We know that EOAs cannot provide ideal user experience or safety, and there is a desire in the community to change the norm to contract-based accounts, but if that transition is designed without regard for the vast majority of users today—for whom Ethereum has always meant EOAs—we will be continually struggling against the need to support both of these userbases. This EIP provides a path not to enshrine EOAs, but to provide a migration path off of them, once and for all.

This proposal combines well with, but is distinct from, EIP-3074, which provides opcodes that could enable any externally owned account (EOA) to delegate its signing authority to an arbitrary smart contract. It allows an EOA to authorize a contract account to act on its behalf without forgoing its own powers, while this EIP provides a final migration path off the EOA's original signing key.

Specification

The key words "MUST", "MUST NOT", "REQUIRED", "SHALL", "SHALL NOT", "SHOULD", "SHOULD NOT", "RECOMMENDED", "MAY", and "OPTIONAL" in this document are to be interpreted as described in RFC 2119.

Conventions

  • top - N - the Nth most recently pushed value on the EVM stack, where top - 0 is the most recent.
  • invalid execution - execution that is invalid and must exit the current execution frame immediately, consuming all remaining gas (in the same way as a stack underflow or invalid jump).
  • empty account - account where its balance is 0, its nonce is 0, and it has no code.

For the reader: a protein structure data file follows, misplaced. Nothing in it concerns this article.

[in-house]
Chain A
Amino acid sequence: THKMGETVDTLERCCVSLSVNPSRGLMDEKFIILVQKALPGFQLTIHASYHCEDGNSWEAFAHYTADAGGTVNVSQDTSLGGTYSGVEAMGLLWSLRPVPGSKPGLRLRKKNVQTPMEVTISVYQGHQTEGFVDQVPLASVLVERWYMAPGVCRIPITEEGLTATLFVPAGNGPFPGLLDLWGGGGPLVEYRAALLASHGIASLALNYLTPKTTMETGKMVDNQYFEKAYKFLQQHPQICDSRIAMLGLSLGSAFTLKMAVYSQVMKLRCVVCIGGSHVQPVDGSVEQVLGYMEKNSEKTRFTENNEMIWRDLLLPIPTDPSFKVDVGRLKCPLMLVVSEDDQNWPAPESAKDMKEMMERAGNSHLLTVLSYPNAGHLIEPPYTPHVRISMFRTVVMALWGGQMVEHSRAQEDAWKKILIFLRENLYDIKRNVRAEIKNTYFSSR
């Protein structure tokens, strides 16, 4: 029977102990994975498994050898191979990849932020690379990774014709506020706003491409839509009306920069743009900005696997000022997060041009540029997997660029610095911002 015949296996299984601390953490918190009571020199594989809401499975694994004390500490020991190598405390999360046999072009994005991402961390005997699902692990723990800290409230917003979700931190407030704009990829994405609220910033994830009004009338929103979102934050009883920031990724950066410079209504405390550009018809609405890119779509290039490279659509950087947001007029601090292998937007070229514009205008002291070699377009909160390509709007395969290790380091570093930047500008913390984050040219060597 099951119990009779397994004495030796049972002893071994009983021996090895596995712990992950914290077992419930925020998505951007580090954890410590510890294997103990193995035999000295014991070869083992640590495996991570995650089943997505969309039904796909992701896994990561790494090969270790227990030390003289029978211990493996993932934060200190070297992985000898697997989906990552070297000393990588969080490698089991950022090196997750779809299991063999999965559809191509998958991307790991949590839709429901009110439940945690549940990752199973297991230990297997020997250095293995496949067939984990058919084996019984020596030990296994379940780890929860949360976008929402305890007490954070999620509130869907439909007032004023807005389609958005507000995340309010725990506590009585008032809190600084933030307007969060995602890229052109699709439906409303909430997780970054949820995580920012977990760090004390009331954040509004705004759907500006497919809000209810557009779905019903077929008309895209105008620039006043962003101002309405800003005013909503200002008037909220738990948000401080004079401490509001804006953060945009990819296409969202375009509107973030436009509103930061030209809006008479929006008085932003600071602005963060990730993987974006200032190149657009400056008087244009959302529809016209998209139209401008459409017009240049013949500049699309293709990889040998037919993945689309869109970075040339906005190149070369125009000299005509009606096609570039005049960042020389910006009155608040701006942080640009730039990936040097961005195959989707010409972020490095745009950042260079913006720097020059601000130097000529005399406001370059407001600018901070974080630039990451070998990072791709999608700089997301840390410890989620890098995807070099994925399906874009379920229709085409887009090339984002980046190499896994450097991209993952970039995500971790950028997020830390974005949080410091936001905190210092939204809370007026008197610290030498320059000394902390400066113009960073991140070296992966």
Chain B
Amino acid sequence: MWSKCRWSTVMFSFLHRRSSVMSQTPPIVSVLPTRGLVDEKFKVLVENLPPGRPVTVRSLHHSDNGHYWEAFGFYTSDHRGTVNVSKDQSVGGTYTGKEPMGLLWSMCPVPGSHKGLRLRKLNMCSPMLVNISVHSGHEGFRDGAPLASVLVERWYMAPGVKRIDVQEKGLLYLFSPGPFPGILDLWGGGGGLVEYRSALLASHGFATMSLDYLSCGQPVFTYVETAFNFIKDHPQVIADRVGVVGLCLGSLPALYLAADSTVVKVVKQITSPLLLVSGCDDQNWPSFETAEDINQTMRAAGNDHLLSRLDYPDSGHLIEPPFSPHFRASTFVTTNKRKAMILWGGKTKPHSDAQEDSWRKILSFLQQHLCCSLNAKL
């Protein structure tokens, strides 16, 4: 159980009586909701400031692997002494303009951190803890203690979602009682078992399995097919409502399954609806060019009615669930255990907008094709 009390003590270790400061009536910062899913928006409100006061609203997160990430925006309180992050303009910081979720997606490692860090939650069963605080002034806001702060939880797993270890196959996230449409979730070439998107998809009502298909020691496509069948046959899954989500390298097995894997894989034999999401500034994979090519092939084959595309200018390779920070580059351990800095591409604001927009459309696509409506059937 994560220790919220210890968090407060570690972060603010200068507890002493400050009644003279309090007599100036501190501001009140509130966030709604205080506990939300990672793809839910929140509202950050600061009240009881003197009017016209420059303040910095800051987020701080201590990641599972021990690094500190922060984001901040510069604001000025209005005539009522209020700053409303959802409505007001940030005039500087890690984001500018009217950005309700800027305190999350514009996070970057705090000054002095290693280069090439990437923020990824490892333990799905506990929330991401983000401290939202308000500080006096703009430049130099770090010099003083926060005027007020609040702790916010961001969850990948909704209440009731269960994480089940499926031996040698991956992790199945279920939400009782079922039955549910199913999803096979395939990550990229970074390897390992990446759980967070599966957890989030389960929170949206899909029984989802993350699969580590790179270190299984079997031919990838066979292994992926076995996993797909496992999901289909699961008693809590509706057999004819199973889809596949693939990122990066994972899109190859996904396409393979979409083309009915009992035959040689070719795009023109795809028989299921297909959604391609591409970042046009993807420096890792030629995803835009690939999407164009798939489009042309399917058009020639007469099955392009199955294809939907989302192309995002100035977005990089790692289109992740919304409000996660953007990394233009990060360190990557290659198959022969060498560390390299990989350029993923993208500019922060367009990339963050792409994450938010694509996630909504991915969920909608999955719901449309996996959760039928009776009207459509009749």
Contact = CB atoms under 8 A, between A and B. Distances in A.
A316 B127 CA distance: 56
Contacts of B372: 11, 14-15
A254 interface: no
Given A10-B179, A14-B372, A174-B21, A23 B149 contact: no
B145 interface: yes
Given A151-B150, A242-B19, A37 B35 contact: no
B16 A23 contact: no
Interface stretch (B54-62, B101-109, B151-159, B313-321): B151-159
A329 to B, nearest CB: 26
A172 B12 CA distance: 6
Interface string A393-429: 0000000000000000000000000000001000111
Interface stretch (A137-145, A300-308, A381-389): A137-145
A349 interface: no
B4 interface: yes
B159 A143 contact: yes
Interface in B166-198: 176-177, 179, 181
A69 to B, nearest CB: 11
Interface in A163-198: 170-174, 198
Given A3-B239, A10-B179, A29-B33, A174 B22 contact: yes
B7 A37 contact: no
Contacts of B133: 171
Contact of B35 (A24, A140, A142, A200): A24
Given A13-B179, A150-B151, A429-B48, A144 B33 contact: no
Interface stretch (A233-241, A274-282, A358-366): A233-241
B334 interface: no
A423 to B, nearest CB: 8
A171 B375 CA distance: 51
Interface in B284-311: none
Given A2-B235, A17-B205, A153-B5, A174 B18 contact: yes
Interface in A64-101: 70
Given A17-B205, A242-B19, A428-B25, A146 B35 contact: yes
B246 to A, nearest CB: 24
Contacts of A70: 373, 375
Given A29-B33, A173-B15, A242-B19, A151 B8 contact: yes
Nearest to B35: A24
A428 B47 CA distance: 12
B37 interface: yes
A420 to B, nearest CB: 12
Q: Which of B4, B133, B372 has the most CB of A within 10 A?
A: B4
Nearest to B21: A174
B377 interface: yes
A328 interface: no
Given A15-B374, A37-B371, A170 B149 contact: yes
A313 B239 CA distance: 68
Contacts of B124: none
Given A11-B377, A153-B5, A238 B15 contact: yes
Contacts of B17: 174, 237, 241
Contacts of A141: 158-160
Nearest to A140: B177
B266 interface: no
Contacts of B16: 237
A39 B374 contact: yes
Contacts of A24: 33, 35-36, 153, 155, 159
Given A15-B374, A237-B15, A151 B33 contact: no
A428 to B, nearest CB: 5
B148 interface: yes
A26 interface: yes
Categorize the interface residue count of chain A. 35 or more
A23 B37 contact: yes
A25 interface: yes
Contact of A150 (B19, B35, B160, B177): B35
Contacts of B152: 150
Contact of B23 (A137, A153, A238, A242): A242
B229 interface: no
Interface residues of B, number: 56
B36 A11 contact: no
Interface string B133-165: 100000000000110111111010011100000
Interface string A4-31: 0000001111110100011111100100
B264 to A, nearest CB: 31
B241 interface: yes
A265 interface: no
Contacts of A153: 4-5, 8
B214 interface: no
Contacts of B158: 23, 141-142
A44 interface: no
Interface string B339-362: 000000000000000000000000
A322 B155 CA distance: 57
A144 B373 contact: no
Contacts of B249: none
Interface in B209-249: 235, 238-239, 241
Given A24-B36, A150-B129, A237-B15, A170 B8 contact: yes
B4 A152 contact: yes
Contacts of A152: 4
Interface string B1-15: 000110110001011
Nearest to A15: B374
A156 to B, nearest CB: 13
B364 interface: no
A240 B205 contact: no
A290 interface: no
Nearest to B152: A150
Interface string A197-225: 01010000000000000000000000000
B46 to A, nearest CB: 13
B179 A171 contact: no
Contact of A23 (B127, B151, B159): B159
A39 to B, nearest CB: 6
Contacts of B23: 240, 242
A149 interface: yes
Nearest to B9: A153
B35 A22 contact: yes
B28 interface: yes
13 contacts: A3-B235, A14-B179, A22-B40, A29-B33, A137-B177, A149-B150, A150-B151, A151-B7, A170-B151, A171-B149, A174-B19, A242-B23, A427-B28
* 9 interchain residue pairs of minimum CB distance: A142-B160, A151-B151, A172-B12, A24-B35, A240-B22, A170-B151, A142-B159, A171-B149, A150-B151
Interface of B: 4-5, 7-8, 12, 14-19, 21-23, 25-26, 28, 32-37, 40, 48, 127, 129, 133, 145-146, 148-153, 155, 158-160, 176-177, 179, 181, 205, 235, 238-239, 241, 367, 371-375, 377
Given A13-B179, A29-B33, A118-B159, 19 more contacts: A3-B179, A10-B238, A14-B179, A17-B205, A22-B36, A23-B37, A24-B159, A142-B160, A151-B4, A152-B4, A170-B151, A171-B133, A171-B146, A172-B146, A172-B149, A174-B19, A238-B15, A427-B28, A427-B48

AUTHUSURP (0xf8)

A new opcode AUTHUSURP shall be created at 0xf8. It shall take two stack elements and return one stack element.

Input

StackValue
top - 0offset
top - 1length

Output

StackValue
top - 0address

Behavior

AUTHUSURP behaves identically to CREATE (0xf0), except as described below:

  • If authorized (as defined in EIP-3074) is unset, execution is invalid.
  • If authorized points to an empty account, then static_gas remains 32,000. Otherwise, static_gas shall be 7,000.
  • AUTHUSURP does not check the nonce of the authorized account.
  • The initcode runs at the address authorized.
  • If the initcode returns no bytes, its execution frame must be reverted, and AUTHUSURP returns zero.
  • After executing the initcode, but before the returned code is deployed, if the account's code is non-empty, the initcode's execution frame must be reverted, and AUTHUSURP returns zero.
  • The code is deployed into the account with the address authorized.

Rationale

AUTHUSURP does not check the nonce of the authorized account because it must work with accounts that have previously sent transactions.

When using AUTHUSURP, if the initcode were to deploy a zero-length contract, there would be no way to prevent using AUTHUSURP again later.

The account's code must be checked immediately before deploying to catch the situation where the initcode attempts to AUTHUSURP at the same address. This is unnecessary with other deployment instructions because they increment and check the account's nonce.

Backwards Compatibility

AUTHUSURP with EIP-3607 revokes the authority of the original ECDSA signature to send transactions from the account. This is completely new behavior, although it is somewhat similar to the CREATE2 opcode.

Security Considerations

Contracts using ECDSA signatures outside of transactions will not be aware that the usurped account is no longer controlled by a private key. This means that, for example, the private key will always have access to the permit function on token contracts. This can—and should—be mitigated by modifying the ecrecover pre-compiled contract.

Copyright and related rights waived via CC0.